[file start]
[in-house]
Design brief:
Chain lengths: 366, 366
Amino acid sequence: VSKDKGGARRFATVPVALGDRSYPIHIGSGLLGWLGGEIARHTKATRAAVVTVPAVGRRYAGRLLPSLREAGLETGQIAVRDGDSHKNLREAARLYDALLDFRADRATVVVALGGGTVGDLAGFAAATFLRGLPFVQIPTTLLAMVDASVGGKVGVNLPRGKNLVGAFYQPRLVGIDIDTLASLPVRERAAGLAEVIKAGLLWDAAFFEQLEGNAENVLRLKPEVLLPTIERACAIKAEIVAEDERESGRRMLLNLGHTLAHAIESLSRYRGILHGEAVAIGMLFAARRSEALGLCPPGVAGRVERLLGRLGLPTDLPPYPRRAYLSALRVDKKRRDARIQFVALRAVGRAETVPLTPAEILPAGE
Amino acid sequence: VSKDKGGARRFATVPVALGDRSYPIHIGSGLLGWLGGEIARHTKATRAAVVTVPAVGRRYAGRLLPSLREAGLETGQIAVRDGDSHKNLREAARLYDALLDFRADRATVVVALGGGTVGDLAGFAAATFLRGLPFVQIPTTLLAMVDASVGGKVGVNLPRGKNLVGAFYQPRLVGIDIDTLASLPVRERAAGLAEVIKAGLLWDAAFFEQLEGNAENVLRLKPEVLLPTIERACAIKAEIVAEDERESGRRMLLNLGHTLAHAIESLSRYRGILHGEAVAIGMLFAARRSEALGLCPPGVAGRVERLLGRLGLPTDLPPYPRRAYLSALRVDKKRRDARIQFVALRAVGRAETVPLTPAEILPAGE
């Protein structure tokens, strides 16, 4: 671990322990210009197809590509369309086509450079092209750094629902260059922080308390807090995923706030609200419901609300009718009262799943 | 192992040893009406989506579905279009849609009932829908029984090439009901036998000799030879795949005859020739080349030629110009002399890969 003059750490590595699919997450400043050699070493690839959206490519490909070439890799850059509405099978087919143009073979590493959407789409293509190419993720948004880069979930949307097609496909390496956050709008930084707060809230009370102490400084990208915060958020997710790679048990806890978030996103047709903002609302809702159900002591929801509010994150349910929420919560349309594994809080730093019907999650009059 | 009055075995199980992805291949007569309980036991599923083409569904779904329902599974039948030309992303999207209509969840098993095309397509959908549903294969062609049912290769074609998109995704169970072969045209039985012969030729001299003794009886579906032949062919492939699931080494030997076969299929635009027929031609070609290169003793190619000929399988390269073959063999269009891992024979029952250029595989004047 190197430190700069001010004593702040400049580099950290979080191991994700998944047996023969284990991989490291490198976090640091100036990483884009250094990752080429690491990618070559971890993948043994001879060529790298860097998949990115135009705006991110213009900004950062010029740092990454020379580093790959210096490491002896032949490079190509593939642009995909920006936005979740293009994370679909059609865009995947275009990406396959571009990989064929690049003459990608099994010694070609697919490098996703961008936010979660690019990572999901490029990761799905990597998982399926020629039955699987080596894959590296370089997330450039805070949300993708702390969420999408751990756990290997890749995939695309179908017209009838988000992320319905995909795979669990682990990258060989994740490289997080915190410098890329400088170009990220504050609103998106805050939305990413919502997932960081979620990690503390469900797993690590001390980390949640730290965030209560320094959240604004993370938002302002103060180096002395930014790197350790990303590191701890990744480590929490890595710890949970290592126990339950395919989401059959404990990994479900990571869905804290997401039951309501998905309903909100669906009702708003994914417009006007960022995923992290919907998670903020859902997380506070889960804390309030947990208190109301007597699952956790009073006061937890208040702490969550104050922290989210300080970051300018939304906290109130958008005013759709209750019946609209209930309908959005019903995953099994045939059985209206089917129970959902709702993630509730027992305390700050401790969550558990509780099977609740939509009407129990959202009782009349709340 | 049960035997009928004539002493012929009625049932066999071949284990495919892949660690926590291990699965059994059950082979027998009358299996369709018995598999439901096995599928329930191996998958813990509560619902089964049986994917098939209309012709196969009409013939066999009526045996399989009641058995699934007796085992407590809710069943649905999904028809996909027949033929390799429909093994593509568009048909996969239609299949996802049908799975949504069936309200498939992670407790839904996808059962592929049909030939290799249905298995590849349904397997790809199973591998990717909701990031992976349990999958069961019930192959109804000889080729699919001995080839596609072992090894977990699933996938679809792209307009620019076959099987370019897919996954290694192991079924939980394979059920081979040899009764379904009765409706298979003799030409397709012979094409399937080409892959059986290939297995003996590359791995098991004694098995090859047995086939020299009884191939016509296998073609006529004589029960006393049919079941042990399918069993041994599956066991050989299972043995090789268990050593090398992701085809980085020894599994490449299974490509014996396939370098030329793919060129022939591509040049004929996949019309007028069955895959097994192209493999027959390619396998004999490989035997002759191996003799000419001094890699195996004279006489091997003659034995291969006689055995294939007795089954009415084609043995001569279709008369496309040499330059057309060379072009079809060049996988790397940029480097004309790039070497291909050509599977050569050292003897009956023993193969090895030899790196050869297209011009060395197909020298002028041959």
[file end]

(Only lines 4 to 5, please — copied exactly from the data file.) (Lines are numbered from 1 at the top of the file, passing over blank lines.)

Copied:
Amino acid sequence: VSKDKGGARRFATVPVALGDRSYPIHIGSGLLGWLGGEIARHTKATRAAVVTVPAVGRRYAGRLLPSLREAGLETGQIAVRDGDSHKNLREAARLYDALLDFRADRATVVVALGGGTVGDLAGFAAATFLRGLPFVQIPTTLLAMVDASVGGKVGVNLPRGKNLVGAFYQPRLVGIDIDTLASLPVRERAAGLAEVIKAGLLWDAAFFEQLEGNAENVLRLKPEVLLPTIERACAIKAEIVAEDERESGRRMLLNLGHTLAHAIESLSRYRGILHGEAVAIGMLFAARRSEALGLCPPGVAGRVERLLGRLGLPTDLPPYPRRAYLSALRVDKKRRDARIQFVALRAVGRAETVPLTPAEILPAGE
Amino acid sequence: VSKDKGGARRFATVPVALGDRSYPIHIGSGLLGWLGGEIARHTKATRAAVVTVPAVGRRYAGRLLPSLREAGLETGQIAVRDGDSHKNLREAARLYDALLDFRADRATVVVALGGGTVGDLAGFAAATFLRGLPFVQIPTTLLAMVDASVGGKVGVNLPRGKNLVGAFYQPRLVGIDIDTLASLPVRERAAGLAEVIKAGLLWDAAFFEQLEGNAENVLRLKPEVLLPTIERACAIKAEIVAEDERESGRRMLLNLGHTLAHAIESLSRYRGILHGEAVAIGMLFAARRSEALGLCPPGVAGRVERLLGRLGLPTDLPPYPRRAYLSALRVDKKRRDARIQFVALRAVGRAETVPLTPAEILPAGE